Remarks by Angel Gurría
Thursday 30 April, 2020
(As prepared for delivery)
COVID-19 has taken a terrible human toll and the necessary containment measures have devastated our economies and societies. We have calculated a 2 percentage points fall in global annual GDP growth per month of confinement, but this is an optimistic assumption now.
Digital technologies and evolving business models and work practices are helping our economies and societies avoid a complete standstill. Now more than ever, we are going “Digital”. But the crisis has also exposed and runs the risks of exacerbating the vulnerabilities and inequalities in our societies - not every individual or business is equipped with the skills or the means to use digital tools. So as we grow digital, so does our duty to leave no one behind.
Mobile and biometric applications have been adopted in many G20 countries to improve the effectiveness of government front-line responses to COVID-19. The continuity of many public services has been assured virtually, including for education and health. Artificial intelligence is supporting the search for vaccines. And many G20 countries are helping firms engage in teleworking and e-learning or embrace new business models. Korea for example, is encouraging brick-and-mortar shops to open their business online through a dedicated support programme.
As we move towards the next phase of the crisis, there is a unique chance for governments to work towards a digitally-enabled recovery that strengthens the inclusiveness and resilience of our economies and puts people’s well-being at the core. The OECD’s Going Digital project sets out a comprehensive policy framework for the digital economy. Let me mention four key elements:
First, improving connectivity. Since the start of the crisis, the demand for broadband communication services has soared, with some operators experiencing as much as a 60% increase in Internet traffic. Now is the time to overcome the digital divide, invest in infrastructure and strengthen our broadband networks.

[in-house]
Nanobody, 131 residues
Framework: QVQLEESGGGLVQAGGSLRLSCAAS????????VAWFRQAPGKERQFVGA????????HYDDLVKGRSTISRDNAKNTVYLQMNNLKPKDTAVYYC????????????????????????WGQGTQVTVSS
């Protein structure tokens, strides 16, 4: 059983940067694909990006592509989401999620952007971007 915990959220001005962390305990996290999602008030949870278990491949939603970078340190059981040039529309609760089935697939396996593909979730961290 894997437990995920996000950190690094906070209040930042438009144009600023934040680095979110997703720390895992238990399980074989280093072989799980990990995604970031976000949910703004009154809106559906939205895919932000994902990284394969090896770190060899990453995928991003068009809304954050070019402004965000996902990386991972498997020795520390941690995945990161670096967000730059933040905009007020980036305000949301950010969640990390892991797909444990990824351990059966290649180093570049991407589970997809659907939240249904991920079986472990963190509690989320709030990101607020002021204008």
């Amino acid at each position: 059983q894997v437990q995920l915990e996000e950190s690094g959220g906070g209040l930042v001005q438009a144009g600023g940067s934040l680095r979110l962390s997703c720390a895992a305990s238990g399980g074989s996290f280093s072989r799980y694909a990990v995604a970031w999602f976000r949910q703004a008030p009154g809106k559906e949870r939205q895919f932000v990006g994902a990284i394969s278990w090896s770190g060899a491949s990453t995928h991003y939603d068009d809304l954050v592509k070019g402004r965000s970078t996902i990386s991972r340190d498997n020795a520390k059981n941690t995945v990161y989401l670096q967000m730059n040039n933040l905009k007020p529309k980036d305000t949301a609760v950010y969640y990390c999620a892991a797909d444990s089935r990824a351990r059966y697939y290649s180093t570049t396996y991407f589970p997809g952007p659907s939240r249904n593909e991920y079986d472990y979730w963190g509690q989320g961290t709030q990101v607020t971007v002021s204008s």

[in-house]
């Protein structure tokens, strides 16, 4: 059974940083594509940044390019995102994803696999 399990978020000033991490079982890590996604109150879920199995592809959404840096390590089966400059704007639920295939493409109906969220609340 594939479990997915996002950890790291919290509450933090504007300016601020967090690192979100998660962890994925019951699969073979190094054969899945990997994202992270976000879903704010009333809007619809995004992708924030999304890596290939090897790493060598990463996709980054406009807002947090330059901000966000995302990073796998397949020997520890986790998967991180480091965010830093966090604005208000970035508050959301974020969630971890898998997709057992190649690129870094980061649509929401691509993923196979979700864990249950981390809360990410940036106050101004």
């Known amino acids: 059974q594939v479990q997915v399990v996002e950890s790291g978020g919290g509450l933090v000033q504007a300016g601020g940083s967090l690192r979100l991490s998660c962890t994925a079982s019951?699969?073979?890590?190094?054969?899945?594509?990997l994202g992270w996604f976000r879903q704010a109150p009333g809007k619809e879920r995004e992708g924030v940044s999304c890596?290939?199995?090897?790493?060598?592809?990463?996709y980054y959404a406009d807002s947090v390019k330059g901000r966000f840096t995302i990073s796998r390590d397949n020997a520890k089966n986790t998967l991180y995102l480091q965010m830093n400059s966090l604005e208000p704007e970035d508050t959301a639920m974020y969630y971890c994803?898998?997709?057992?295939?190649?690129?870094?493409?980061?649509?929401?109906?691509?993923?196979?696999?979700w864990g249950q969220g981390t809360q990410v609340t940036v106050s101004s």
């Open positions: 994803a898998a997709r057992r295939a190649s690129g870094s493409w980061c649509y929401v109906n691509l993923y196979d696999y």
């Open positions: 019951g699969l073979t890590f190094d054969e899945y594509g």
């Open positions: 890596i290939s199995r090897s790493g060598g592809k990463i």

Second, data access and sharing, both within and across borders. Data flows, data pooling and data interoperability are not only essential in dealing with the health emergency, they will also be at the heart of tomorrow’s recovery. This requires that we recognise and address the profound issues of data protection and privacy.
Third, digital security. As malicious actors seek to take advantage of the crisis, digital security threats have increased. For example, coronavirus-related scams and phishing campaigns are on the rise.
Fourth, strengthening capabilities of firms and workers. In 2018, small firms used significantly less e-commerce on average (22%) than large firms (37%). Our analysis also shows that only 29% of 16-65 year olds in G20 countries are proficient in using ICTs at work. So we can only make this work if we accompany firms, in particular SMEs, and workers in this transition, helping them improve their skills, management and capabilities. This cannot be a transition that only works for a few leading firms or the most digitally enabled workers.
Your leadership is essential both to leverage digital technologies, to fight the pandemic and to pave the way for an inclusive and human-centred digital revolution, a vision you already outlined in the G20 AI Principles.
We are pleased to support the G20 with our Going Digital project and with our ongoing efforts to actively monitor data and country responses to the crisis through the OECD COVID Digital Hub.
Chairs, Ministers, count on the OECD!